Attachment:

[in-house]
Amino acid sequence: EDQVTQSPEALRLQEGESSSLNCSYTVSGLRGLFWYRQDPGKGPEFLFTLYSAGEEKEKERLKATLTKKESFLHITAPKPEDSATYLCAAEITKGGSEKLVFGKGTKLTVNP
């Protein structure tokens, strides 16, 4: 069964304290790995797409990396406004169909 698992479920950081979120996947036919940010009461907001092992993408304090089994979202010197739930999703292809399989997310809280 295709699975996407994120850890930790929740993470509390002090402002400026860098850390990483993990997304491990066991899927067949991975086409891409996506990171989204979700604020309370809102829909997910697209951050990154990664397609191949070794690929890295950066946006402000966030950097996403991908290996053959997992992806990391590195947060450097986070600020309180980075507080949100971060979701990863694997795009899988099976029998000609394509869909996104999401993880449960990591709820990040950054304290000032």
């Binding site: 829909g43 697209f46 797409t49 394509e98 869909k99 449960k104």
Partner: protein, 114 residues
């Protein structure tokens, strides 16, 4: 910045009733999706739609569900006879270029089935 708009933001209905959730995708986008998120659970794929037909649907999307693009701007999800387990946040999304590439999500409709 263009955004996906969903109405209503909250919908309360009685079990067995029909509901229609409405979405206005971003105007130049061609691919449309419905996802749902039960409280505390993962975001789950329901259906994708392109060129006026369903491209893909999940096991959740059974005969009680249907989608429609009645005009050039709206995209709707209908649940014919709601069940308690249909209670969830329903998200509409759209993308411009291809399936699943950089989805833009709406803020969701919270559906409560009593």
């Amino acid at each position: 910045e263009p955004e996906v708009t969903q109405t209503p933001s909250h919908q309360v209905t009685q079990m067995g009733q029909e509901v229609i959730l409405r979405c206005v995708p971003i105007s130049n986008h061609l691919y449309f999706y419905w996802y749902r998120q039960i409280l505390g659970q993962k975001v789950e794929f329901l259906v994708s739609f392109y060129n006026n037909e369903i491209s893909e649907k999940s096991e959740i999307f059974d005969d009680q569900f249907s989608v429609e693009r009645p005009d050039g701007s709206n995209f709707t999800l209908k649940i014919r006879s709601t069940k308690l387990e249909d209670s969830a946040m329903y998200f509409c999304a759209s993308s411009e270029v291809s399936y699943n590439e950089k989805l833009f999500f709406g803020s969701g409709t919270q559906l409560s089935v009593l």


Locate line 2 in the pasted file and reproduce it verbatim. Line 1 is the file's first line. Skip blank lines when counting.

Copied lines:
Amino acid sequence: EDQVTQSPEALRLQEGESSSLNCSYTVSGLRGLFWYRQDPGKGPEFLFTLYSAGEEKEKERLKATLTKKESFLHITAPKPEDSATYLCAAEITKGGSEKLVFGKGTKLTVNP